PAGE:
The biodiversity crisis is worse than climate change. This was the conclusion of leading international experts, meeting in Paris last week to assess the status of ecosystems. More than 1 million species will be annihilated in the next decades. Plants, insects and other creatures will be irreversibly lost. Growing food in certain areas such as the American Midwest will no longer be possible. More than 43% of Americans are now living in places where air is seriously polluted. According to the WHO 75% of the world population are already breathing unsafe air. At least 2 million people use contaminated drinking water. At the same time, the impending catastrophe is denied. Especially the American news media are sleepwalking toward disaster.
This book argues that it is high time to wake up. Not merely because the survival of humanity is at stake but because our current health is at stake. Whatever one thinks about climate change, degradation of biodiversity is a serious threat to planetary health and requires a radical change in ethical thinking. Biological diversity is an essential condition for human flourishing. Without a healthy planet, human beings cannot be healthy. For clean air, safe water, adequate nutrition, provision of drugs, and protection from infectious diseases we depend on biodiversity. However, ethical debate continues to focus on individual perspectives. This book provides numerous examples that today healthcare and medicine are changing into a broader perspective that includes the social and environmental circumstances in which individuals are situated. For this reason, a different approach of bioethics is needed. The new field of global bioethics provides ethical principles that transcend the limited vision of mainstream bioethics. It introduces a normative horizon in which other perspectives become visible such as justice, equality, vulnerability, human rights, and solidarity.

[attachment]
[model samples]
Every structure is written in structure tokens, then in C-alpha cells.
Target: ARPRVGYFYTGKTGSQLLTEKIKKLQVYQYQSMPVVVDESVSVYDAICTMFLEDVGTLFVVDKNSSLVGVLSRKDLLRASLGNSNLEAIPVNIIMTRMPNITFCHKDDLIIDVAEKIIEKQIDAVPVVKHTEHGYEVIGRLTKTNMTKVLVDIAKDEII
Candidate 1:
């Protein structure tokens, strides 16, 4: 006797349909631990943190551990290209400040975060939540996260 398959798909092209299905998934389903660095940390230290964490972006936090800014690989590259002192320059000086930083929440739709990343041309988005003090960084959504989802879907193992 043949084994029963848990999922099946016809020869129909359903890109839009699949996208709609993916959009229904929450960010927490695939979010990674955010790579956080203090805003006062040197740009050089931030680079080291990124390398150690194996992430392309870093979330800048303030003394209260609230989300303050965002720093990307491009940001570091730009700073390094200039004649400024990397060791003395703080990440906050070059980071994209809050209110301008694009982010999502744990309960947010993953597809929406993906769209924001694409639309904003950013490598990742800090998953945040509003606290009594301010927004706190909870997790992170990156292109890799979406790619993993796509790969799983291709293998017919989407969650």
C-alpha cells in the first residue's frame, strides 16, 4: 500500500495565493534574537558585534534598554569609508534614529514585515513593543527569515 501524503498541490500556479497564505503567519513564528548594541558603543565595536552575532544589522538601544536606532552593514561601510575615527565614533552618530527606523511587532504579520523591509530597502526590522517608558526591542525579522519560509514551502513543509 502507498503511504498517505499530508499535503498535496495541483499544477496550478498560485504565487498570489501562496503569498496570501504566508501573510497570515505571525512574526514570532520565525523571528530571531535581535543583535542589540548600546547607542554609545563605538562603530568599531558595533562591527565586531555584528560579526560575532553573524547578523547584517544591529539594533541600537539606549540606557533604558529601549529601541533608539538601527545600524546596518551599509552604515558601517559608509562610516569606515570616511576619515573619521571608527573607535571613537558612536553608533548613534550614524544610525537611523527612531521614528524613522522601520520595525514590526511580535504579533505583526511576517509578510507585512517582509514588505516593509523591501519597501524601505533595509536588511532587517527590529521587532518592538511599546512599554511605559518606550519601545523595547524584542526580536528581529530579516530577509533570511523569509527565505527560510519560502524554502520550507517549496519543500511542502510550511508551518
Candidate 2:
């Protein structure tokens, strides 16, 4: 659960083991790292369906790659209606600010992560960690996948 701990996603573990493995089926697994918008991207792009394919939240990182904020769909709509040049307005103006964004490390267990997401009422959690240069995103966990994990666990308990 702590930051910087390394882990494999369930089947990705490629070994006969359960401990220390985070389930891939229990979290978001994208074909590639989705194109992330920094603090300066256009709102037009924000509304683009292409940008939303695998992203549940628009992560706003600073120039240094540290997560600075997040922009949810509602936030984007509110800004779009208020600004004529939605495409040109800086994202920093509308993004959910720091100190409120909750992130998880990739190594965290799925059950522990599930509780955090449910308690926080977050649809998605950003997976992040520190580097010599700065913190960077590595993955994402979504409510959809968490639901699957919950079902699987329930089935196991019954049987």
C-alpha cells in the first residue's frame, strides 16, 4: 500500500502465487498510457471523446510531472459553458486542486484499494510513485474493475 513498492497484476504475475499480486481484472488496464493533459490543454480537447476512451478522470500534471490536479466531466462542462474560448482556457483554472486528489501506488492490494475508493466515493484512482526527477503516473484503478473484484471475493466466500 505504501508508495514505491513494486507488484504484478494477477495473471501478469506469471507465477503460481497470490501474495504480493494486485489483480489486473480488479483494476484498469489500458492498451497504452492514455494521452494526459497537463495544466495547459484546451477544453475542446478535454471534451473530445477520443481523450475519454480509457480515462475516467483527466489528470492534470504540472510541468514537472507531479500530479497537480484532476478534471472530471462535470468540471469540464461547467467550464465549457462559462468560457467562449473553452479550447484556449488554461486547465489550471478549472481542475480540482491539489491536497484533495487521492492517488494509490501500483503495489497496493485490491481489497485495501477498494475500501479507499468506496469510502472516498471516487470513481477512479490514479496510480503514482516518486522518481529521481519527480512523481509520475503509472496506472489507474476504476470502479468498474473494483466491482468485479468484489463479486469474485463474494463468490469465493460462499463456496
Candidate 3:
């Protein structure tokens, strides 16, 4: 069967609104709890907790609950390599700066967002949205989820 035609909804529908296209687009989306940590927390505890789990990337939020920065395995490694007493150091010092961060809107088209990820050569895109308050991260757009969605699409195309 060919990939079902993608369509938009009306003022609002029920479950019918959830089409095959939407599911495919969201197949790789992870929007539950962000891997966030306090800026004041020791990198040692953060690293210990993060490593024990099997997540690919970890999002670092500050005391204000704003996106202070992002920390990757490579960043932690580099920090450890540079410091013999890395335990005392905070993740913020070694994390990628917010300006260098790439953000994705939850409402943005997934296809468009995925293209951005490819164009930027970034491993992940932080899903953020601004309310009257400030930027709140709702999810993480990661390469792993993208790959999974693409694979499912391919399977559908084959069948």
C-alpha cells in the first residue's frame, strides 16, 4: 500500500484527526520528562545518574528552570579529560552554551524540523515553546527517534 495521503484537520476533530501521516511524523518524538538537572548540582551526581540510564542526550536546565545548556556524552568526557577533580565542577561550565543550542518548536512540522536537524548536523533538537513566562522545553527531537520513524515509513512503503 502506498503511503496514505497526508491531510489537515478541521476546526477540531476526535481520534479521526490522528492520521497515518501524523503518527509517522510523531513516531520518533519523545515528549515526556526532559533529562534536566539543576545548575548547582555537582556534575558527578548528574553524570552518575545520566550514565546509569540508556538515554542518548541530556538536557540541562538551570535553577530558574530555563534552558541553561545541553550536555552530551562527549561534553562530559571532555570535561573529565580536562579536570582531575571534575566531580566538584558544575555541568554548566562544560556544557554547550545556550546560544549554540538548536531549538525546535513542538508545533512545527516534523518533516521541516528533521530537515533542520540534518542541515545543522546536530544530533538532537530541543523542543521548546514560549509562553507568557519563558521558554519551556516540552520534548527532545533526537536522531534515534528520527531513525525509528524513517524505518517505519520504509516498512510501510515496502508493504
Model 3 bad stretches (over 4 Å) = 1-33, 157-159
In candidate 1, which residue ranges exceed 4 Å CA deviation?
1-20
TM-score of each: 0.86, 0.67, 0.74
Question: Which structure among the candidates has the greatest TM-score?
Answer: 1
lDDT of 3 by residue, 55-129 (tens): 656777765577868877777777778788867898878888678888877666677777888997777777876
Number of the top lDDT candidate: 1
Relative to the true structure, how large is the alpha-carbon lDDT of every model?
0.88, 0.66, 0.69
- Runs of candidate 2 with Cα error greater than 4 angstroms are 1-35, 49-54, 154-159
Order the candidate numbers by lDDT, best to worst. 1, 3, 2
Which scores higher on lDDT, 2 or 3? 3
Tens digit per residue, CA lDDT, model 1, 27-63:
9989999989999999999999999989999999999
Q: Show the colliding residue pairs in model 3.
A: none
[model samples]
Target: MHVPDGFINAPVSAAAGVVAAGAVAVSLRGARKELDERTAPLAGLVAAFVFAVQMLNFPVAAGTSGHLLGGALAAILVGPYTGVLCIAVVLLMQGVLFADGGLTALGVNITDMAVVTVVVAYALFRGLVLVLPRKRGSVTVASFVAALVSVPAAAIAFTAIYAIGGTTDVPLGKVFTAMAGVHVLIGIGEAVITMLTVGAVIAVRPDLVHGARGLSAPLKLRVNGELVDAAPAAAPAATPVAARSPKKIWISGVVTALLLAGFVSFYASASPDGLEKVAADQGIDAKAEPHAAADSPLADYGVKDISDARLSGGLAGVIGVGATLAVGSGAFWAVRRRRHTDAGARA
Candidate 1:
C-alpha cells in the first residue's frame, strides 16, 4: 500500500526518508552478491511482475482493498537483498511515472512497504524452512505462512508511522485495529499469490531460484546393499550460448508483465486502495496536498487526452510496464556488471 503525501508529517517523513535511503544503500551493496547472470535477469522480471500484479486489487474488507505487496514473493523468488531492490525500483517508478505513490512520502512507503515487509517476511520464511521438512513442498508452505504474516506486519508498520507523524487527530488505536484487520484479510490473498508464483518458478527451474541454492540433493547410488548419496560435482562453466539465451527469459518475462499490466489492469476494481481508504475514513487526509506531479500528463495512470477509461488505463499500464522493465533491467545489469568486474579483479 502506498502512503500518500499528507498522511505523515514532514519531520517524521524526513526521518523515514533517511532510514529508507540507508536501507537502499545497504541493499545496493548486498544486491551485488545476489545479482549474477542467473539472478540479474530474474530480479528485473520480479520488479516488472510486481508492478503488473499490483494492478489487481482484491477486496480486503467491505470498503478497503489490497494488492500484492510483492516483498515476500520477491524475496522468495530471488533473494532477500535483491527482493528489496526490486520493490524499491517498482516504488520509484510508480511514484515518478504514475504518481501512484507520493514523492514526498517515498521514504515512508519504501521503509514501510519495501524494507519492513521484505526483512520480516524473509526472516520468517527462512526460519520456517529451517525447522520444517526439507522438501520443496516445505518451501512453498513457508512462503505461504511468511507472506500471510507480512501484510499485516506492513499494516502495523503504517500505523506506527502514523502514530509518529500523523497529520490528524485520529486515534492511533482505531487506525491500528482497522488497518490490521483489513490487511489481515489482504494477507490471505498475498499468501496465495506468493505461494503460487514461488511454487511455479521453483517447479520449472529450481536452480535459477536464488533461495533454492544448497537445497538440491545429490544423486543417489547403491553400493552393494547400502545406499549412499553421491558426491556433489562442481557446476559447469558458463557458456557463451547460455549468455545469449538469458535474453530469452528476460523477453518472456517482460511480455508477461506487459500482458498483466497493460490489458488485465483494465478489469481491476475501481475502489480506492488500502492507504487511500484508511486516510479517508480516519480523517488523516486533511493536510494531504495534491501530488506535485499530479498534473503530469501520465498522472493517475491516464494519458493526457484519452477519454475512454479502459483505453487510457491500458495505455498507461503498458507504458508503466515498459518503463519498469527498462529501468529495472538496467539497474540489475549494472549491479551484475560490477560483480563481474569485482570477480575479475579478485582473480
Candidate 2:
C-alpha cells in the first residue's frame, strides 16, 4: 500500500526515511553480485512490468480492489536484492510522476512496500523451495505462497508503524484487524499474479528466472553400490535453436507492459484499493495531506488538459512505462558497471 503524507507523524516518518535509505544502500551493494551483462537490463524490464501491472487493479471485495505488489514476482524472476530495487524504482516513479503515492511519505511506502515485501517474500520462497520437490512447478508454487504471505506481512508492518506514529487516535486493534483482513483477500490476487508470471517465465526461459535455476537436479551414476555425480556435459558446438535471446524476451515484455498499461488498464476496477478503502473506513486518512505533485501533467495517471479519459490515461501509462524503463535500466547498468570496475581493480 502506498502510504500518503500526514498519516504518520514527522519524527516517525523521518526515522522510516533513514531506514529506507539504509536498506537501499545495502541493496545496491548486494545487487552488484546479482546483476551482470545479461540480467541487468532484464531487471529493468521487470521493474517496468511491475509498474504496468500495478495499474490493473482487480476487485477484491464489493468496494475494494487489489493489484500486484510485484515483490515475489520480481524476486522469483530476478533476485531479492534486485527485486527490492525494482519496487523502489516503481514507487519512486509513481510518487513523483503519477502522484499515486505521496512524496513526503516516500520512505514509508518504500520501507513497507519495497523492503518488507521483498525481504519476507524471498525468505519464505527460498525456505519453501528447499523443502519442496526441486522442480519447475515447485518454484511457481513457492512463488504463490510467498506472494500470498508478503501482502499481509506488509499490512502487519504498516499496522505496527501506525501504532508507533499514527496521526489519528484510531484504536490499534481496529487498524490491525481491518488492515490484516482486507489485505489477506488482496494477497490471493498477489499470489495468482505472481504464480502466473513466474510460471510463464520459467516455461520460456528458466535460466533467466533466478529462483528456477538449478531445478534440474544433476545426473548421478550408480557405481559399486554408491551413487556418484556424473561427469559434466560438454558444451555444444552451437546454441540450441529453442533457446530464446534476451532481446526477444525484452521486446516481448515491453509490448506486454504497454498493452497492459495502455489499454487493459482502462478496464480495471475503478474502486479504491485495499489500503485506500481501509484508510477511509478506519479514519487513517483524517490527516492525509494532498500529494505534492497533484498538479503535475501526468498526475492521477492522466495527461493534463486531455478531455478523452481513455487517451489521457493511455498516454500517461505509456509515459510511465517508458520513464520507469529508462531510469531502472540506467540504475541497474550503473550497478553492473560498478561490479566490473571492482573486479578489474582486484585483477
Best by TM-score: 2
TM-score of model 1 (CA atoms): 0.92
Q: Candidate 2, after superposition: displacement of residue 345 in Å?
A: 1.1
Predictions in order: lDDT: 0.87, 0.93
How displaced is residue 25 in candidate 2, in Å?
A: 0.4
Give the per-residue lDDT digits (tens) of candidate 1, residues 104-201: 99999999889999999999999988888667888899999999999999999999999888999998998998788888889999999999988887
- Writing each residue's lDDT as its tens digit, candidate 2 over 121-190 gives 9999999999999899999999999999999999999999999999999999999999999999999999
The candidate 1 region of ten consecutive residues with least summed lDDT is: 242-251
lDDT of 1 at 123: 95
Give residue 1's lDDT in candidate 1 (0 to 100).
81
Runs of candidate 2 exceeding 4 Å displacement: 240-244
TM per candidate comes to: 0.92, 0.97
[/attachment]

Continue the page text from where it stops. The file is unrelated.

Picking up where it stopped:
I wrote Wounded Planet because there is copious and substantial evidence nowadays that loss of biodiversity has an extremely negative impact on planetary health. Surprisingly, this evidence is not taken into account in discussions and policies regarding the ethical dimensions of health care. These debates are primarily focused on the benefits and harms of indiv idual patient care. People expect miracle drugs that can cure diseases. They are not aware that drugs are increasingly difficult to develop because biodiversity as their natural resource is disappearing. Life-saving drugs such as antibiotics are becoming ineffective since they are extensively used in agriculture and animal farming. For the first time in years, life expectancy in the U.S. is declining. Such evidence should make us anxious about our health. Biodiversity degradation does not longer impact future generations but has deleterious effects on current existence.
The take away from this book is that a different ethical approach is urgently needed to drive alternative political, economical and social policies. Bioethical discussion today can no longer be imagined without considering environmental impacts. A global bioethics approach is inescapable. Notions of commons, vulnerability and justice should be used as ethical tools to broaden the discourse on health. Another conclusion is that bioethics should be more than theoretical discourse. The book explores how global bioethics can be applied in practical settings around the world. It provides examples for new governance, framing, awareness-raising, advocacy, and grassroots activities. The book concludes that global bioethics supports health professionals, policy-makers, and citizens of the world in their efforts to enhance planetary health. The Green New Deal and Extinction Rebellion should be fortified by the new discourse of global bioethics.
Henk A.M.J. ten Have, MD, PhD, is a professor in the Center for Health Care Ethics at Duquesne University. He is the author of Global Bioethics: An Introduction and Vulnerability: Challenging Bioethics.